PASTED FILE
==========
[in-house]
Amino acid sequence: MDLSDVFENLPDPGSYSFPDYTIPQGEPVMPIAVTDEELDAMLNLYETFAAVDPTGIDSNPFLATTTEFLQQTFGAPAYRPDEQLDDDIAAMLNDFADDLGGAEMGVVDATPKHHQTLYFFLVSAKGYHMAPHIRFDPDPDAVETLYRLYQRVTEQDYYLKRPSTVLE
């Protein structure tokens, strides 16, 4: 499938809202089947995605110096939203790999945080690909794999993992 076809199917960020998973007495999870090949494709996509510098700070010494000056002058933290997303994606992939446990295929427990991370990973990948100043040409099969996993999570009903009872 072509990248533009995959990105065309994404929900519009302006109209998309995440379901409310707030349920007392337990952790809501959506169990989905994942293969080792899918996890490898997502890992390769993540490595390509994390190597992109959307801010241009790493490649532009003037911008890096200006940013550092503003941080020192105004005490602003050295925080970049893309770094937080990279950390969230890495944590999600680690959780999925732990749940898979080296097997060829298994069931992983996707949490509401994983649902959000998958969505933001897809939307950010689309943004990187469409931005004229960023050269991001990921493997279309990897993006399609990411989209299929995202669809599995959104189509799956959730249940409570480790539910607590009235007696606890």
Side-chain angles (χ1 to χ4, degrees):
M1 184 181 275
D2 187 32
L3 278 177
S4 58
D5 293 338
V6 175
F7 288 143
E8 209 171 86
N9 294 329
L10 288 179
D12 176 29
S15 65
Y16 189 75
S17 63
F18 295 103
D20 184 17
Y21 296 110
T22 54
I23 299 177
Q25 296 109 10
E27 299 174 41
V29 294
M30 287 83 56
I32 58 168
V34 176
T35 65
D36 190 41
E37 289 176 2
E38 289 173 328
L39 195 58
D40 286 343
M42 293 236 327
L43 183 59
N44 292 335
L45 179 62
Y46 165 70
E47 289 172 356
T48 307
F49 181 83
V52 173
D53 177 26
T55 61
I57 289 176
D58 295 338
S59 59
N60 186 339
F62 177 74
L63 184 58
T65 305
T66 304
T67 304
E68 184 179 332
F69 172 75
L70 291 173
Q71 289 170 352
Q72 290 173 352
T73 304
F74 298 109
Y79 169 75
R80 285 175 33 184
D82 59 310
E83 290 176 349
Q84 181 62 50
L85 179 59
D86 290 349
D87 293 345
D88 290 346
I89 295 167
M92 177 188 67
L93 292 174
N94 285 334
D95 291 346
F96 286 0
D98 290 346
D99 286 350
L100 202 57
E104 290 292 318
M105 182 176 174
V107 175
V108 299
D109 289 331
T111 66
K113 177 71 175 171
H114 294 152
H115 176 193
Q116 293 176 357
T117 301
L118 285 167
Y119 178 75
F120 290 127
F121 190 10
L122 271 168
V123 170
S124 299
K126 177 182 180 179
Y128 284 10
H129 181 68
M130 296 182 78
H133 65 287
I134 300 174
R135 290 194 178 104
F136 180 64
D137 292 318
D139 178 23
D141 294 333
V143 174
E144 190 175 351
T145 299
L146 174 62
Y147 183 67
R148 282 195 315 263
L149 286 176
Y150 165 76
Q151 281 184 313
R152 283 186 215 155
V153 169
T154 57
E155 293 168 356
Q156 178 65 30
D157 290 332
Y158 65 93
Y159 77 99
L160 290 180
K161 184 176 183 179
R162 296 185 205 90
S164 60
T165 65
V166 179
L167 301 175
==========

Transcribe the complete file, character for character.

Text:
[in-house]
Amino acid sequence: MDLSDVFENLPDPGSYSFPDYTIPQGEPVMPIAVTDEELDAMLNLYETFAAVDPTGIDSNPFLATTTEFLQQTFGAPAYRPDEQLDDDIAAMLNDFADDLGGAEMGVVDATPKHHQTLYFFLVSAKGYHMAPHIRFDPDPDAVETLYRLYQRVTEQDYYLKRPSTVLE
């Protein structure tokens, strides 16, 4: 499938809202089947995605110096939203790999945080690909794999993992 076809199917960020998973007495999870090949494709996509510098700070010494000056002058933290997303994606992939446990295929427990991370990973990948100043040409099969996993999570009903009872 072509990248533009995959990105065309994404929900519009302006109209998309995440379901409310707030349920007392337990952790809501959506169990989905994942293969080792899918996890490898997502890992390769993540490595390509994390190597992109959307801010241009790493490649532009003037911008890096200006940013550092503003941080020192105004005490602003050295925080970049893309770094937080990279950390969230890495944590999600680690959780999925732990749940898979080296097997060829298994069931992983996707949490509401994983649902959000998958969505933001897809939307950010689309943004990187469409931005004229960023050269991001990921493997279309990897993006399609990411989209299929995202669809599995959104189509799956959730249940409570480790539910607590009235007696606890």
Side-chain angles (χ1 to χ4, degrees):
M1 184 181 275
D2 187 32
L3 278 177
S4 58
D5 293 338
V6 175
F7 288 143
E8 209 171 86
N9 294 329
L10 288 179
D12 176 29
S15 65
Y16 189 75
S17 63
F18 295 103
D20 184 17
Y21 296 110
T22 54
I23 299 177
Q25 296 109 10
E27 299 174 41
V29 294
M30 287 83 56
I32 58 168
V34 176
T35 65
D36 190 41
E37 289 176 2
E38 289 173 328
L39 195 58
D40 286 343
M42 293 236 327
L43 183 59
N44 292 335
L45 179 62
Y46 165 70
E47 289 172 356
T48 307
F49 181 83
V52 173
D53 177 26
T55 61
I57 289 176
D58 295 338
S59 59
N60 186 339
F62 177 74
L63 184 58
T65 305
T66 304
T67 304
E68 184 179 332
F69 172 75
L70 291 173
Q71 289 170 352
Q72 290 173 352
T73 304
F74 298 109
Y79 169 75
R80 285 175 33 184
D82 59 310
E83 290 176 349
Q84 181 62 50
L85 179 59
D86 290 349
D87 293 345
D88 290 346
I89 295 167
M92 177 188 67
L93 292 174
N94 285 334
D95 291 346
F96 286 0
D98 290 346
D99 286 350
L100 202 57
E104 290 292 318
M105 182 176 174
V107 175
V108 299
D109 289 331
T111 66
K113 177 71 175 171
H114 294 152
H115 176 193
Q116 293 176 357
T117 301
L118 285 167
Y119 178 75
F120 290 127
F121 190 10
L122 271 168
V123 170
S124 299
K126 177 182 180 179
Y128 284 10
H129 181 68
M130 296 182 78
H133 65 287
I134 300 174
R135 290 194 178 104
F136 180 64
D137 292 318
D139 178 23
D141 294 333
V143 174
E144 190 175 351
T145 299
L146 174 62
Y147 183 67
R148 282 195 315 263
L149 286 176
Y150 165 76
Q151 281 184 313
R152 283 186 215 155
V153 169
T154 57
E155 293 168 356
Q156 178 65 30
D157 290 332
Y158 65 93
Y159 77 99
L160 290 180
K161 184 176 183 179
R162 296 185 205 90
S164 60
T165 65
V166 179
L167 301 175